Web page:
Going back twenty years, my earliest experience of using computers for audio was using the built in sound hardware on my first computer capable of any kind of audio work: A PC with a Pentium 166MMX processor, 16Mb of RAM and a 1.3Gb HDD (I was rather proud of that hard drive. A typical drive was 850Mb at the time!). Needless to say the audio quality was disappointing. However this was a significant machine for me as the editing possibilities for stereo work were endless. The exact timeline is a bit hazy but I think I might have had an early version of Wavelab at this time and I was able to make precise edits and loop sections of tracks to make instrumental only stings of commercial tracks for the corporate live events I was doing a lot of at this time. Fellow live sound crew were amazed at these stings (no more fading out the CD halfway into the first verse as Jenkins from accounts finally makes it to the podium to receive his award…).
Audio quality was a big problem with this set up as the analogue IO on a generic soundcard on a typical PC in the late 90s was appalling and I realised that I needed digital transfer to and from DAT to be able to use this system on anything other than commercial material on CD (this was before I had a CD burner).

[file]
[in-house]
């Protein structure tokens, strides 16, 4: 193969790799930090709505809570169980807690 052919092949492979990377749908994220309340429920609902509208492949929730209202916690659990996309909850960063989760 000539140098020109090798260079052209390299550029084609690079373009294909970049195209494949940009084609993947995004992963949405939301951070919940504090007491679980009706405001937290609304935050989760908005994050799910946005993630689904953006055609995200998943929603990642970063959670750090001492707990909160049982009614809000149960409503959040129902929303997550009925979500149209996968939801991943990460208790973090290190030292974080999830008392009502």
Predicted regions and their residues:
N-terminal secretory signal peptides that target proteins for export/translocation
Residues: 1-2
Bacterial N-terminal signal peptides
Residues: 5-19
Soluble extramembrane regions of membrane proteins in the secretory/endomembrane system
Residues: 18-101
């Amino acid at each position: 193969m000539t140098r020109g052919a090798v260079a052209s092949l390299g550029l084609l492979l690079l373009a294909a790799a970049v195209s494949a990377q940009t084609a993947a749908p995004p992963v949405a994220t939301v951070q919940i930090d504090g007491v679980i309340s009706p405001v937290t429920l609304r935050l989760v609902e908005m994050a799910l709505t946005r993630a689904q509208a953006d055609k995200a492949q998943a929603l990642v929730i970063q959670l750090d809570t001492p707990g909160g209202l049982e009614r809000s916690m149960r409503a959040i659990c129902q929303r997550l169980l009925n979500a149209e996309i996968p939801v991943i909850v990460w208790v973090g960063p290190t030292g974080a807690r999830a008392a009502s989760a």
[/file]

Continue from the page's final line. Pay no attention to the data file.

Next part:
The Soundblaster Live was the first Soundcard I became aware of which offered s/pdif I/O at a price which was accessible to me. For mass market money I could transfer 48KHz digital to and from a DAT machine. It was revolutionary to me as It meant I could use all the editing skills I had learned editing tracks from CDs on my own and other people's music. A pair of home-soldered 75 ohm coaxial phono leads and I was in business - A Windows 95 PC paired with a Sony DTC690 DAT. Anyone with delusions that old gear is better needs to try that rig! This was in the days before ASIO4all and drivers had latency running into seconds. Tracking into a DAW was theoretically possible for a handful of tracks but even if that hadn’t strained the machine to breaking point, the latency made it impossible.
In spite of all the negative things I have to say about this set up, you can’t judge systems like this in retrospect. Editing stereo material on analogue tape wasn’t easy. Editing off DAT was impossible and even with the restrictions imposed by this system (did I mention it was fixed at 48KHz?) it represented a fundamental change in what was possible in audio and set me on the path to Pro Tools.